What’s not being considered in the MEL train debate: User experience

As a frequent traveller, I’ve noticed the long drawn out debate about whether Melbourne ought to have a train to the airport has heated up again this year, possibly as a result of Victoria’s transport minister Martin Pakula saying it isn’t a priority. I have to be honest, I have a vested interest in the outcome of all this. As an expat Kiwi living in Melbourne who travels home regularly and has experienced the best and the worst travelling to the airport has to offer, I’m firmly in the pro-train camp–but the reasons for this are more than just my personal best interest, as we shal explore below.

Those arguing for rail point out that it could bring signficant money to Melbourne, that Melbourne is growing (as is the congestion on the Tullamarine freeway), and that it is a necessary competition to the exhorbitant parking fees paid by those who drive to the airport (this last from the Australian Competition and Consumer Commission). Those arguing against a train claim it is not needed and likely to be uneconomic, based on experiences in Sydney and Brisbane, and that a travel time of 40 minutes each way to the airport during peak time is acceptable.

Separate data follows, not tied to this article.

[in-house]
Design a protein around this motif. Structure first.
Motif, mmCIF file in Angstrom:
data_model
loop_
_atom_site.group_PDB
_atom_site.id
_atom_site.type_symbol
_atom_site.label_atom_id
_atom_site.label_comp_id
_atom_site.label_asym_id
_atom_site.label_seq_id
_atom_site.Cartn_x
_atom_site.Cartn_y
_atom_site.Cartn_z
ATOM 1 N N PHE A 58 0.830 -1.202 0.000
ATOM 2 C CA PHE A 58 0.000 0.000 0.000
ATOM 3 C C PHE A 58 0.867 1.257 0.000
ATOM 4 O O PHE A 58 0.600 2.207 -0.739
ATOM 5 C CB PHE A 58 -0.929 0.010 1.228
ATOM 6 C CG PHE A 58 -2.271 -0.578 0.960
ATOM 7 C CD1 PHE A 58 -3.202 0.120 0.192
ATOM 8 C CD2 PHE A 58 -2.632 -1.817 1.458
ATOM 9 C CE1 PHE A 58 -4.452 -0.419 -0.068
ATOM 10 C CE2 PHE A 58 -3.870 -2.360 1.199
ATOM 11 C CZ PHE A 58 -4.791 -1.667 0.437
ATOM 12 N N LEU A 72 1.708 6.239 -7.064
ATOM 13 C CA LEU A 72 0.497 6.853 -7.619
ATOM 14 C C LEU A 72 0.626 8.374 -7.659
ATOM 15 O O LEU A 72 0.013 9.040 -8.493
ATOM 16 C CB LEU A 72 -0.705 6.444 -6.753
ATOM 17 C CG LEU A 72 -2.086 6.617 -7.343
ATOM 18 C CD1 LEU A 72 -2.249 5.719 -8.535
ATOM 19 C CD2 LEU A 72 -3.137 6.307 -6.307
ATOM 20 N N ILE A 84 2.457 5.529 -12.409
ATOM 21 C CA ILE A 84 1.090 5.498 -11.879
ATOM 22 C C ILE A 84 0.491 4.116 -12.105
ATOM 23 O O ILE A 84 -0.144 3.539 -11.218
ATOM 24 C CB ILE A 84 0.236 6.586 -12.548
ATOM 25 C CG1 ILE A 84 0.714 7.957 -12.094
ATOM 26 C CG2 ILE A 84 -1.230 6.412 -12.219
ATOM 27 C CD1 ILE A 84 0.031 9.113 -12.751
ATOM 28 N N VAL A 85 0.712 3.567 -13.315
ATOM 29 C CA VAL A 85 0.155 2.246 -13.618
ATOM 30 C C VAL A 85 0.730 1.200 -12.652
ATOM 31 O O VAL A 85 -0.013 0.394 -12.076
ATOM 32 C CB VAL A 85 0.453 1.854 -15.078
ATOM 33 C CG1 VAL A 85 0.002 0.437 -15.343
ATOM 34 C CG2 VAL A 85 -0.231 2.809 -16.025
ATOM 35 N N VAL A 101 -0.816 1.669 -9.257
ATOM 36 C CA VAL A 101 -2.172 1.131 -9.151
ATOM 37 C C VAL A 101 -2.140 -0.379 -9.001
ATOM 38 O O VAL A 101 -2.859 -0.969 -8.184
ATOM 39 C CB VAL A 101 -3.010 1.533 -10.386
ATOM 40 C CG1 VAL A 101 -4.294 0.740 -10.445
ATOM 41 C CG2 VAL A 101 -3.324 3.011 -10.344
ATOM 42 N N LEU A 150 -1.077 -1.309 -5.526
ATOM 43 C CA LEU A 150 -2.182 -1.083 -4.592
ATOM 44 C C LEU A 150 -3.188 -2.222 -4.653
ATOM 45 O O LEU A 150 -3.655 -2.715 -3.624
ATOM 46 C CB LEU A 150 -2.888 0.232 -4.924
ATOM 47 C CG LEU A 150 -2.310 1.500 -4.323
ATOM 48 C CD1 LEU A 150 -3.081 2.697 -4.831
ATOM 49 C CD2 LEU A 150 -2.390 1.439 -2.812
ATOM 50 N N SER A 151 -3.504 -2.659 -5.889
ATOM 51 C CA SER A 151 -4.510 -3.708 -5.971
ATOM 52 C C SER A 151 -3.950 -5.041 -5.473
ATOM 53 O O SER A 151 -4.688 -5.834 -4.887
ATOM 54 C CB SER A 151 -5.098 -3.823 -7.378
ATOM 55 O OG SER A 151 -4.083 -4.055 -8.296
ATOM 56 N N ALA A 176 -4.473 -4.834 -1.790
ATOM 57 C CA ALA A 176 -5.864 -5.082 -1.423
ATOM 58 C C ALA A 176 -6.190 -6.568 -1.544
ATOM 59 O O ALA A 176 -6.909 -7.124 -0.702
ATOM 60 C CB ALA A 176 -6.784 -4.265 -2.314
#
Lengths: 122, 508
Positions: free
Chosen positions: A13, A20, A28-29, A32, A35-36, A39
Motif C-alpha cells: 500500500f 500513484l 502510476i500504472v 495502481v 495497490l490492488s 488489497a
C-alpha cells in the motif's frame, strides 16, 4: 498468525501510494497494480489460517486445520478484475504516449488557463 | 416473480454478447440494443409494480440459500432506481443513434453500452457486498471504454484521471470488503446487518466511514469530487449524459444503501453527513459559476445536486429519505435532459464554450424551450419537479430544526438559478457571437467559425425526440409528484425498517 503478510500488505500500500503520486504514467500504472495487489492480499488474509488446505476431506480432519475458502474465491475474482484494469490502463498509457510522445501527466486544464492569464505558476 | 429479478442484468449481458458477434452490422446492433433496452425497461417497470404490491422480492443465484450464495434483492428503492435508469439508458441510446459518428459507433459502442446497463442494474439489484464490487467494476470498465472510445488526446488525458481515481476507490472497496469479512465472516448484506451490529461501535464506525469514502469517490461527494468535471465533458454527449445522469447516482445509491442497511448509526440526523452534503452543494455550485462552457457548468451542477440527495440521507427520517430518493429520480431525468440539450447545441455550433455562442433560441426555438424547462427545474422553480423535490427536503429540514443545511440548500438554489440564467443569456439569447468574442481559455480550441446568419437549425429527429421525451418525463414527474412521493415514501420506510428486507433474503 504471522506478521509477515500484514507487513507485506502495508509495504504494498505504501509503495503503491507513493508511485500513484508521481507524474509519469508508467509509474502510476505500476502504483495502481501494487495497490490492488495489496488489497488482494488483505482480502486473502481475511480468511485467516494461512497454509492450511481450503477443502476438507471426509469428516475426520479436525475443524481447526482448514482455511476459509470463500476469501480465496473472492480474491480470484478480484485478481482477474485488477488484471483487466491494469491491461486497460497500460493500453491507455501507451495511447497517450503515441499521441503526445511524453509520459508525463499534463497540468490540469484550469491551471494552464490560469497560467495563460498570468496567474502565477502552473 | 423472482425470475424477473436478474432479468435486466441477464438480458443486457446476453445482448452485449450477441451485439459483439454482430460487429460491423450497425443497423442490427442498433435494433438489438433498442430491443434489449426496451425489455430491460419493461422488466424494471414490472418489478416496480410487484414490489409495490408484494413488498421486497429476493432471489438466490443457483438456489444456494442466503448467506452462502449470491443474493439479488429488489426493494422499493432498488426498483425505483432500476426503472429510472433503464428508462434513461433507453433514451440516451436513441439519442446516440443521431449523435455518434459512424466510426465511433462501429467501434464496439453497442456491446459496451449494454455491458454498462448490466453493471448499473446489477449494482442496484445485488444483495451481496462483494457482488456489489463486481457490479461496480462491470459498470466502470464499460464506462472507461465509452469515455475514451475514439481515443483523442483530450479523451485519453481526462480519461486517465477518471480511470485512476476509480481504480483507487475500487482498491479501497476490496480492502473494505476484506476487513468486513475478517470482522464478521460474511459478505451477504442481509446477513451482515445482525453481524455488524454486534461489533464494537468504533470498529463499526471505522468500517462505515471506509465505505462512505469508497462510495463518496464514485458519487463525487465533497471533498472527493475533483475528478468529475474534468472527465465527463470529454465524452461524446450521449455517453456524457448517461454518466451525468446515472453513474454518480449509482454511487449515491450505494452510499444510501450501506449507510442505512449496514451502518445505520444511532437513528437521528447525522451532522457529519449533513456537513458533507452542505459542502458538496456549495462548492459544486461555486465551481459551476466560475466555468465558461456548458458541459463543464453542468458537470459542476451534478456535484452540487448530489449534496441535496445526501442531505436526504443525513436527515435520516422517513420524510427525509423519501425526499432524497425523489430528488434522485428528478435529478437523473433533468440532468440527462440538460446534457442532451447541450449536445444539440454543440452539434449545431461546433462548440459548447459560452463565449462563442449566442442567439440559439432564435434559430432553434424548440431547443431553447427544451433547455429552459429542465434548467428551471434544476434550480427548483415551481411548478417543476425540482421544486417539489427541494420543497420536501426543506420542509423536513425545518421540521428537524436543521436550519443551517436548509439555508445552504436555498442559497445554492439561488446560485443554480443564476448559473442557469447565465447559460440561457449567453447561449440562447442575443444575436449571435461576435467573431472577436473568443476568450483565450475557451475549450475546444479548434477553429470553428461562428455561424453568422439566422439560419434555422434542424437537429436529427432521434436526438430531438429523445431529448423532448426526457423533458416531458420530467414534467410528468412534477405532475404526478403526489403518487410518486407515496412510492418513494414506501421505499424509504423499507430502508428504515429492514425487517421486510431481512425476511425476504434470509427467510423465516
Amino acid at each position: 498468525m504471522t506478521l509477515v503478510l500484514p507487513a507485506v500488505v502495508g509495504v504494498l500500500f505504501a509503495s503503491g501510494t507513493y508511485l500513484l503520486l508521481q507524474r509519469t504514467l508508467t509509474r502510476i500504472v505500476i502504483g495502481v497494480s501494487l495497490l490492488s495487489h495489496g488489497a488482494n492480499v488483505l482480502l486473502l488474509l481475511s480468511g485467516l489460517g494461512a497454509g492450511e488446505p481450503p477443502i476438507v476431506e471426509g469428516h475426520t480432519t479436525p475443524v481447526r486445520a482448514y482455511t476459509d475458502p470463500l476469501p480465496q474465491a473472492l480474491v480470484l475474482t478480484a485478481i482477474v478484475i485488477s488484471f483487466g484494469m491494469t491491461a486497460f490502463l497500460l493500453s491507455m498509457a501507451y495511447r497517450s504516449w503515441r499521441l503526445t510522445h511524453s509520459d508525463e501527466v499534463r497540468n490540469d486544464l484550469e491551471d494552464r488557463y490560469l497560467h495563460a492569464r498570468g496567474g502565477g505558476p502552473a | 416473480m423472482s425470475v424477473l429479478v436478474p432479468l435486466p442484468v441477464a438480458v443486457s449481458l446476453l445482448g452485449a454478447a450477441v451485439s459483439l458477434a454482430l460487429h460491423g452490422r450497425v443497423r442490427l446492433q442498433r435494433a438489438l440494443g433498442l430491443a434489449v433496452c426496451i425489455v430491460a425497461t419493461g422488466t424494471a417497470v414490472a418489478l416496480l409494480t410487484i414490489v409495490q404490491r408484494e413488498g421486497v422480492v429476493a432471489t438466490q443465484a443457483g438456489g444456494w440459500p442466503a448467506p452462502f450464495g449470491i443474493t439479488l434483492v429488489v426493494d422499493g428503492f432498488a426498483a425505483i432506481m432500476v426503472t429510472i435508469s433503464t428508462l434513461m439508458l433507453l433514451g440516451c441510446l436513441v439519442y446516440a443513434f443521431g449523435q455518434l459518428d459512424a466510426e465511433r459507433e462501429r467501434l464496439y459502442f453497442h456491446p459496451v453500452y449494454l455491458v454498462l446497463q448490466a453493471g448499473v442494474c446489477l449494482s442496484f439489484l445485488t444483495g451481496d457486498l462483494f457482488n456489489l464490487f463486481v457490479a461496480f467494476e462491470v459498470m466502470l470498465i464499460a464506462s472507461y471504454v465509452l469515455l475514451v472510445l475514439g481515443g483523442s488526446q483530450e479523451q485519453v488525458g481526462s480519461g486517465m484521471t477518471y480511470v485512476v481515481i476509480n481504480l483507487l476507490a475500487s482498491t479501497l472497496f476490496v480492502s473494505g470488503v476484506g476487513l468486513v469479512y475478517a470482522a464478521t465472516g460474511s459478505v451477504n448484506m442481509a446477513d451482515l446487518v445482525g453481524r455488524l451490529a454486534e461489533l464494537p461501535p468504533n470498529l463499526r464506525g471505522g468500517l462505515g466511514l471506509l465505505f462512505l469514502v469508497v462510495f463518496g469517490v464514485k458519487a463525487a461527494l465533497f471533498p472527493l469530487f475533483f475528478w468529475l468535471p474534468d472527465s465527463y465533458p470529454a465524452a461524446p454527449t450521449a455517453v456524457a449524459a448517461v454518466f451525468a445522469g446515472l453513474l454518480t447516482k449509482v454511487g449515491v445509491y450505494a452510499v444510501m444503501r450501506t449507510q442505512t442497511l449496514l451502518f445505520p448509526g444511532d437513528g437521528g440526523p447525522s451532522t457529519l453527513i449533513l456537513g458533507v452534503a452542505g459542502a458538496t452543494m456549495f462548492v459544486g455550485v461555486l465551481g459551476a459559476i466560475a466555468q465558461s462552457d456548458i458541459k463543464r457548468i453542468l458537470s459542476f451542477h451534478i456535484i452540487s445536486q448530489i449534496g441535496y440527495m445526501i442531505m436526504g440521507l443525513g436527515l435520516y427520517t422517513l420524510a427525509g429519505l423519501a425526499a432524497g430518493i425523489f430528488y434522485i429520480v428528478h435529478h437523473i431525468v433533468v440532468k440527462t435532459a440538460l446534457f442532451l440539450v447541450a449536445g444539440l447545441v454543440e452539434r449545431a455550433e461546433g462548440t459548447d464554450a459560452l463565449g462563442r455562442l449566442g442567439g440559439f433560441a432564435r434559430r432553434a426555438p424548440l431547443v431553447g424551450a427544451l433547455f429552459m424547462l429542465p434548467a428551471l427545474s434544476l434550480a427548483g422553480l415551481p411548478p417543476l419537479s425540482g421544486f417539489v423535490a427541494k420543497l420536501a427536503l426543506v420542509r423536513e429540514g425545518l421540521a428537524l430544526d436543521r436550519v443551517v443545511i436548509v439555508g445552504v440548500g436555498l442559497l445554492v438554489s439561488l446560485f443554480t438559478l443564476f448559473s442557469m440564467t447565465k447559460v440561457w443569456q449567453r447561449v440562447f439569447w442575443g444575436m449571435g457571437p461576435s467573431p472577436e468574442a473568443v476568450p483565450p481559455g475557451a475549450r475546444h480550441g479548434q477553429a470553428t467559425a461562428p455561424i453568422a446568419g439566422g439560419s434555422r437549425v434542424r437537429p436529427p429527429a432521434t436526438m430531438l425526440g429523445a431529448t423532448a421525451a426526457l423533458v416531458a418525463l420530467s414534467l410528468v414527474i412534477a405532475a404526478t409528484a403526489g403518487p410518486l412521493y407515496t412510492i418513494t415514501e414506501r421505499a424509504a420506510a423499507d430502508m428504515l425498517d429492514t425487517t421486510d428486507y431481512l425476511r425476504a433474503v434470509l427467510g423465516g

At present there are three main options for getting to and from the Melbourne Airport:

All of the currently available options have significant negatives for all users: those in Melbourne on business can expect to lose nearly two hours of their day travelling between the CBD and the airport; disabled travellers may have trouble getting to and from the airport at all; the first and last thing tourists see of Melbourne is either the SkyBus or a taxi, both of whch travel on the congested Tullamarine Freeway; and regular travellers face the choice between the possibility of a long wait at the airport if they allow sufficient time for traffic or (and I speak from experience here) cutting it hair-raisingly close to missing an international flight. Things are sufficiently bad that it makes sense to have a rail link simply on the basis of the improved experience of those who need to get to and from the airport–and if the planners that be get it right, the improved user experience will also make a train make economic sense.

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